Confidence in U.S.: A Gallup survey of 134 countries found that global confidence in U.S. leadership “has fallen to a new low, and the country now ranks below China in worldwide approval ratings.” Under President Obama the approval rating was 48%. Under President Trump it’s 30%, “the lowest level Gallup has recorded since beginning its global leadership poll over a decade ago.” A separate Gallup survey found that Trump’s approval rating is just 39%, the lowest average approval rating “of any elected president in his first year.” (Guardian)
China: It has banned imports of plastic waste which could mean “an end to collection of some plastic in the UK and increase the risk of environmental pollution.” China is “the world’s biggest market for household waste” and, without it, “will pose big challenges to the UK’s efforts to recycle more plastic.” (Guardian)
Haiti: Trump announced that “Haitians will no longer be eligible for U.S. visas given to low-skilled workers . . . bringing an end to a small-scale effort to employ Haitians in the United States after a catastrophic 2010 earthquake.” (Reuters)
Korea: North and South Korea agreed to have their athletes march together under a “unified Korea” flag at the opening ceremony of the Winter Olympics. They will also field a joint women’s ice hockey team. “It was the most dramatic gesture of reconciliation between them in a decade.” (NY Times) However, this “budding détente” doesn’t please the White House as it “scrambles its strategy of pressuring the North, with sanctions and threats of military action, to give up its nuclear arsenal.” (NY Times)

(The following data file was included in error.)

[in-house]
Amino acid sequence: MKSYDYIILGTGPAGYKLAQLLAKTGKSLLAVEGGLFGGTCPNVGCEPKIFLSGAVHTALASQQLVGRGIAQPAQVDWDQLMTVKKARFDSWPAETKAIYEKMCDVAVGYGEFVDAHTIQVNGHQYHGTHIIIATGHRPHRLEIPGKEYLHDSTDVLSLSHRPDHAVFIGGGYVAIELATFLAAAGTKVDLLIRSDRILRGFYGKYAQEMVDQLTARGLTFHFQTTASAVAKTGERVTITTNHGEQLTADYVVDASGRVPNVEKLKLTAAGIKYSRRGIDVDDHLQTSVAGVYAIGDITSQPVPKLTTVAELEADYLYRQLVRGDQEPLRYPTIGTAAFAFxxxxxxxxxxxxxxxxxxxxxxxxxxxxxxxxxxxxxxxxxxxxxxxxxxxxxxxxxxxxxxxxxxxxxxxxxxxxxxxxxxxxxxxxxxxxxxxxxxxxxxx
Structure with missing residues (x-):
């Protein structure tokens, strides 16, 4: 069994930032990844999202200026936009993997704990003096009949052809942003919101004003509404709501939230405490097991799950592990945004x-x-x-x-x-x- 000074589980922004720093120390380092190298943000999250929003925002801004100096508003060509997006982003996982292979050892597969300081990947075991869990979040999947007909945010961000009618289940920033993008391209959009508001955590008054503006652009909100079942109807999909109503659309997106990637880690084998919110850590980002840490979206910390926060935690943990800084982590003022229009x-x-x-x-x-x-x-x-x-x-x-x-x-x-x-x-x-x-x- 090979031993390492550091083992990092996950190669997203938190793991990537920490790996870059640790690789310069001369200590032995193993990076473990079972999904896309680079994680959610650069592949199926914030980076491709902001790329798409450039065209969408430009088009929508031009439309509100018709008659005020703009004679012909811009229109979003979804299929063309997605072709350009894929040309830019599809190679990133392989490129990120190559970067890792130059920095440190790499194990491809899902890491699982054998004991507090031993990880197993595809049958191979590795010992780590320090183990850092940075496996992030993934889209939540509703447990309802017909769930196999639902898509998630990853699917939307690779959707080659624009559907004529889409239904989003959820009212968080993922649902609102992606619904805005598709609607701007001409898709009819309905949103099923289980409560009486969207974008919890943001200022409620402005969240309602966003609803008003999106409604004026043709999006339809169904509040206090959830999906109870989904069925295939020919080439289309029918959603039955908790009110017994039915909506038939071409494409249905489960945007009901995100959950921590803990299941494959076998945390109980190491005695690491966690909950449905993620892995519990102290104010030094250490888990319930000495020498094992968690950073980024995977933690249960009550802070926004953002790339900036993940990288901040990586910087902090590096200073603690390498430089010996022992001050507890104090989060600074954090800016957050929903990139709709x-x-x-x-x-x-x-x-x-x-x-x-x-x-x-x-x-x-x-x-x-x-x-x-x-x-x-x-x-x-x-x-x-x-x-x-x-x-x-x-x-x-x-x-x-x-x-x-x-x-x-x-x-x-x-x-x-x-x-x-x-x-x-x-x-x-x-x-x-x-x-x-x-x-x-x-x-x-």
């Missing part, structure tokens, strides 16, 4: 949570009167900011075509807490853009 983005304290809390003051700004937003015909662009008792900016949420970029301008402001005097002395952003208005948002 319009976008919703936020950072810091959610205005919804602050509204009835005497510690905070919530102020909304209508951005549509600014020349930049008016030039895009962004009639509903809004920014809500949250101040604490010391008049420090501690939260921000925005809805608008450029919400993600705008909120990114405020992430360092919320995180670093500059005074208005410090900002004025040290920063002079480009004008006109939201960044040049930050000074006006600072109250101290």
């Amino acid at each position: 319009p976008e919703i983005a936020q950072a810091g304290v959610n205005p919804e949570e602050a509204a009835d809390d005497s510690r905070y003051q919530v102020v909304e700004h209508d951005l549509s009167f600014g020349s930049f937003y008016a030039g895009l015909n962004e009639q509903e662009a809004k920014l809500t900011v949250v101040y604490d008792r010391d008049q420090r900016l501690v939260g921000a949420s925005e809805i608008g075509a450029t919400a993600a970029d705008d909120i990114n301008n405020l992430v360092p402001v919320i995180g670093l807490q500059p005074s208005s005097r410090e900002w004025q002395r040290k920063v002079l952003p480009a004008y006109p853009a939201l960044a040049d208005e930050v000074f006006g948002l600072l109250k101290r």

Palestine: Trump is withholding more than half of the funding we usually provide to the United Nations Relief and Works Agency (UNRWA) that supports Palestinian refugees. Heather Nauert of the State Department said that “the decision was intended to encourage other countries to increase aid, as well as to promote reform at the relief agency - and that it was not intended to be a punitive move against Palestinians. But she refused to comment when asked if the funding shortfall was linked to [Trump’s] threat . . . to end the aid after Palestinian leaders said the United States should no longer play a role in peace talks with Israel.” (NY Times) Belgium pledged to donate $23 million to UNRWA) for Palestinian refugees. (Al Jazeera)
Syria: Secretary of State Rex Tillerson announced that we will keep troops in Syria “long after their fight against the Islamic State” is over. (NY Times) He will be creating a 30,000 troop border force in northern Syria. (Al Jazeera) “Tillerson also made clear for the first time one of the objectives of a sustained military presence would be to disrupt what the U.S., Israel, and their allies see as an Iranian strategy to control a large swath of the Middle East, from Afghanistan to Lebanon, in which Syria is key.” (Guardian) I’m thinking we’re setting up a new outpost in the Middle East.
Turkey: It has begun operations against Kurdish militias in Syria, which are backed by the U.S. Turkey has long persecuted the Kurds in its country, referring to them as terrorists. Now it looks like they’re going after us for supporting Syrian Kurds. (NY Times)
Zambia: Zambiatourism posted an ad to spur tourism on its Facebook page. It starts with “Visit ****hole Zambia . . . Where the only stars and stripes you’ll have to see are in the sky and on a zebra!” It features stunning photos of the country and its wildlife. Pretty good sense of humor.